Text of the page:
By Jim Schutze
By Rachel Watts
By Lauren Drewes Daniels
By Anna Merlan
By Lee Escobedo
His composure was typical of the big Texan but still somehow shocking given the stakes. It's not unusual for players, world champions, to "steam" after taking a bad beat like that. To curse the gods, to damn the dealer. One year after losing a hand he felt he would surely win, world champion Phil Hellmuth Jr. sprinted from the table in anger so fast that he tripped and fell on his face. Cloutier, however, told the many well-wishers who crowded him to stop talking about how he should have won. "You should be talking to Chris," he told one interviewer. "He won."
His poise won him many fans that day. Yet even now, more than a year later, it seems in retrospect to be almost unbelievably unlucky.
"I played the best poker I ever played in my life," Cloutier says. "About as close to perfect as can be played. Right after, they asked me how I felt about the bad beat. I said there's one thing you'd better learn if you're going to play poker for a living: You're going to take some beats, so you'd better get used to it."
Still, the Dan Marino syndrome is frustrating--if not to Cloutier, then to others. "Because if you can't put the name 'world champion' after your name," Ciaffone says, "the general public thinks, 'Well, maybe he isn't that good.' But the pros know how good he is. He'll always be respected by them."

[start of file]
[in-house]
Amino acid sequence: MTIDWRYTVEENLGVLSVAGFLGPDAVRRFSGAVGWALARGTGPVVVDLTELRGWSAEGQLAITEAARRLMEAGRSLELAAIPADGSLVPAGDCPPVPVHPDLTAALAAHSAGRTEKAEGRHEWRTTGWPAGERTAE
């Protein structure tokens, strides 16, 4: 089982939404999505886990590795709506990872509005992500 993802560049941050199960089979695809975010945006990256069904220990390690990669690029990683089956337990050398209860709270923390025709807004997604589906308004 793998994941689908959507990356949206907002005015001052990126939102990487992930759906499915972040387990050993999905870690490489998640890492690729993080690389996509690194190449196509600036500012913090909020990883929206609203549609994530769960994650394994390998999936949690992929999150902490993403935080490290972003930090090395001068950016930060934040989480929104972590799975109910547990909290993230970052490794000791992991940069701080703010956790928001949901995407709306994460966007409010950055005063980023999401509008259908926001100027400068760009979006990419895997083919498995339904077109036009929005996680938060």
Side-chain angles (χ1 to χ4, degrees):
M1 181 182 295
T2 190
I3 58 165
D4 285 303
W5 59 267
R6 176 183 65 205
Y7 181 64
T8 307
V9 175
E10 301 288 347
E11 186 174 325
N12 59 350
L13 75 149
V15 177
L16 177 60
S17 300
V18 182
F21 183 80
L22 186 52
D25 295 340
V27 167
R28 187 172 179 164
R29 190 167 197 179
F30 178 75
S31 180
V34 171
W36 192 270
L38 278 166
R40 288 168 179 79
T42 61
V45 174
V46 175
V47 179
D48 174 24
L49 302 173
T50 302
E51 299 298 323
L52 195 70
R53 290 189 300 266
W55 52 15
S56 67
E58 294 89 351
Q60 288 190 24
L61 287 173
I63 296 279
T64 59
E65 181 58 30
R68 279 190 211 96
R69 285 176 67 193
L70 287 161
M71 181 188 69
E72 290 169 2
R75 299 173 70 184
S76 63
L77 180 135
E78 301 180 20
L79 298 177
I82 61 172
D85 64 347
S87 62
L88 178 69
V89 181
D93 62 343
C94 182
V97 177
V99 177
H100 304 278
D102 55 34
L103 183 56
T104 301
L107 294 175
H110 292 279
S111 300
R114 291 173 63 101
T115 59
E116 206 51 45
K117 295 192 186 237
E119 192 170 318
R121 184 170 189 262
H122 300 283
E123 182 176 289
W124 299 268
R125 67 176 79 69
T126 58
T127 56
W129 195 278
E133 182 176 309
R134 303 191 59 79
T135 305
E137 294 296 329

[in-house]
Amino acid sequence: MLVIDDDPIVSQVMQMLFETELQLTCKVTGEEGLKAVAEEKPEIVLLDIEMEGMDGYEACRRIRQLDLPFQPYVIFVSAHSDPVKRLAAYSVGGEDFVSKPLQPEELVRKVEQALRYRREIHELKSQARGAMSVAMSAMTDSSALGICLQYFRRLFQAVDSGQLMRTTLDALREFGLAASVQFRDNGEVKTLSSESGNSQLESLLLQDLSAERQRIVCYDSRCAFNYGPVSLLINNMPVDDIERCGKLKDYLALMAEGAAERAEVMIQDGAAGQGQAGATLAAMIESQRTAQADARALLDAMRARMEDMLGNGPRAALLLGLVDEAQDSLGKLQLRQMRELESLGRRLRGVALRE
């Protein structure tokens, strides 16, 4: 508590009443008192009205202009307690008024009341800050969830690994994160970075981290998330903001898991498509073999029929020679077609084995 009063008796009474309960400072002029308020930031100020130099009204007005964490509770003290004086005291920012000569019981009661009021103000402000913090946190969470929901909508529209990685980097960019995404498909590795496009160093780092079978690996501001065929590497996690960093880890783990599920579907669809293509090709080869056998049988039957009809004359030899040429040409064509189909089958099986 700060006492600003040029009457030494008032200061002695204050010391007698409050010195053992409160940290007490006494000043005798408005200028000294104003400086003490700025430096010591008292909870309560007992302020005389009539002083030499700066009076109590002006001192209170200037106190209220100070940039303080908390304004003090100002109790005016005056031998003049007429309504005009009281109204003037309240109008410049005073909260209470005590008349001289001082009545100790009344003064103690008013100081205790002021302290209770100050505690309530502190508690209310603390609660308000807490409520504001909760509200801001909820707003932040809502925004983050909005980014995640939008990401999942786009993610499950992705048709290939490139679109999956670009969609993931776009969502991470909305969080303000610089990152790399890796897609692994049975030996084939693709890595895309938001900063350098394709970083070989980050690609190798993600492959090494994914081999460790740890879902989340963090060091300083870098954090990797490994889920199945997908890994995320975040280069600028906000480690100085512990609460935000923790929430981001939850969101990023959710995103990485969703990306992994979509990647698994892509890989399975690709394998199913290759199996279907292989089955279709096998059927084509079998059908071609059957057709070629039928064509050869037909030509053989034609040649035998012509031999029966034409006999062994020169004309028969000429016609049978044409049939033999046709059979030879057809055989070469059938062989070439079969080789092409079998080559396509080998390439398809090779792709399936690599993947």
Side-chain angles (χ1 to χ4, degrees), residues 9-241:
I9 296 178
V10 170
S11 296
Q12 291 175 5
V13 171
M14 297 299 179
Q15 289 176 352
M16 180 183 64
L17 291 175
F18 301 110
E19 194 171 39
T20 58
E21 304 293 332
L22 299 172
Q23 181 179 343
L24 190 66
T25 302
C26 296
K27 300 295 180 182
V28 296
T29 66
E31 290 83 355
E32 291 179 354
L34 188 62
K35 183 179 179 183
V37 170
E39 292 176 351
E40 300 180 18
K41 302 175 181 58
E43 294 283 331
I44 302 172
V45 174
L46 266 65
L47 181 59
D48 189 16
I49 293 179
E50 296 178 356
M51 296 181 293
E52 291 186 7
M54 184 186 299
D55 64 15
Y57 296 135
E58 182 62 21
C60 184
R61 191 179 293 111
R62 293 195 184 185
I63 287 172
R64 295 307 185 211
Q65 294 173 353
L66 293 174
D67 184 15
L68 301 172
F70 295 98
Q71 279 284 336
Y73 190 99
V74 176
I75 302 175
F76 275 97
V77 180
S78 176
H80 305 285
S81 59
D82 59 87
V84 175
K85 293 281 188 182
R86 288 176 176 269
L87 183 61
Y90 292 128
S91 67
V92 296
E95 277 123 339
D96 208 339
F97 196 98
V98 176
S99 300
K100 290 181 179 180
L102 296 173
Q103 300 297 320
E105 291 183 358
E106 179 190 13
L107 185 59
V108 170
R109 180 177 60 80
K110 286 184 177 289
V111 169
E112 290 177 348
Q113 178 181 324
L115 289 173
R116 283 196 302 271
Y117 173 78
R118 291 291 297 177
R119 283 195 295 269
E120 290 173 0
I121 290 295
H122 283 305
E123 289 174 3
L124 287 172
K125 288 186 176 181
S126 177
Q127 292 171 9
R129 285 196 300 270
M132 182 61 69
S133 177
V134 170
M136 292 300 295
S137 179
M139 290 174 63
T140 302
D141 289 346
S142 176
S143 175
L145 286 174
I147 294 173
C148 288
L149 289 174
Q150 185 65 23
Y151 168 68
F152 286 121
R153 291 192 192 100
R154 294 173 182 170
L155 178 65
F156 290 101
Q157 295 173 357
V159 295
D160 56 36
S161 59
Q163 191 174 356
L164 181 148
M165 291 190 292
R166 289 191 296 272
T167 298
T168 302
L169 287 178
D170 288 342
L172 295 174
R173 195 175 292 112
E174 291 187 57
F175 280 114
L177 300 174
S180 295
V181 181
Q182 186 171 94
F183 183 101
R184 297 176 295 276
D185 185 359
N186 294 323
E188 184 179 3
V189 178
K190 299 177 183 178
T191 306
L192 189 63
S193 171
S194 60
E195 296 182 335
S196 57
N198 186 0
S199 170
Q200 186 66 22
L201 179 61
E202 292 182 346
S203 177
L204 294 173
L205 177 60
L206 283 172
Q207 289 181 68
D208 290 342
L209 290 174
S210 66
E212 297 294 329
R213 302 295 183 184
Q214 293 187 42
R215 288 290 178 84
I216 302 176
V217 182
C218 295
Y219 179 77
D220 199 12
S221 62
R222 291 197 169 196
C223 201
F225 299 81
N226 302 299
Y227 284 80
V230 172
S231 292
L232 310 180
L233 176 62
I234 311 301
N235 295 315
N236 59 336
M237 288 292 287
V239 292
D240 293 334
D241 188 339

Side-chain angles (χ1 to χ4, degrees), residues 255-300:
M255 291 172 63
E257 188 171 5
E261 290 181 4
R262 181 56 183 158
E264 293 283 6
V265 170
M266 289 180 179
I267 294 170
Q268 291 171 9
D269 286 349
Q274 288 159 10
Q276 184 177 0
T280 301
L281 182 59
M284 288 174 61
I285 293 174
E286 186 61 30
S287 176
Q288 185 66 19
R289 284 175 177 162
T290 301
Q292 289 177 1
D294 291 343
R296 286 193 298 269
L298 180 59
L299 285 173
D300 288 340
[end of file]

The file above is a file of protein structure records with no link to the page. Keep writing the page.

"The title would have been worth another half a million to me for appearances and my book, not to mention the extra $600,000 I would have won on the spot," Cloutier says now. "But, you know what? What the hell. It's just poker."
OK, you can't beat him, just like you can't get a hit off Randy Johnson or slam over Shaquille O'Neal. But you can call his bluff. You can believe he wants that title. Believe he's not Dan Marino but John Elway, who also got close four times before breaking through.
You can also wish him luck. Yes, he's arguably the world's best, but he does play poker, and anyone who does so, even T.J. Cloutier, needs a break now and then on the river.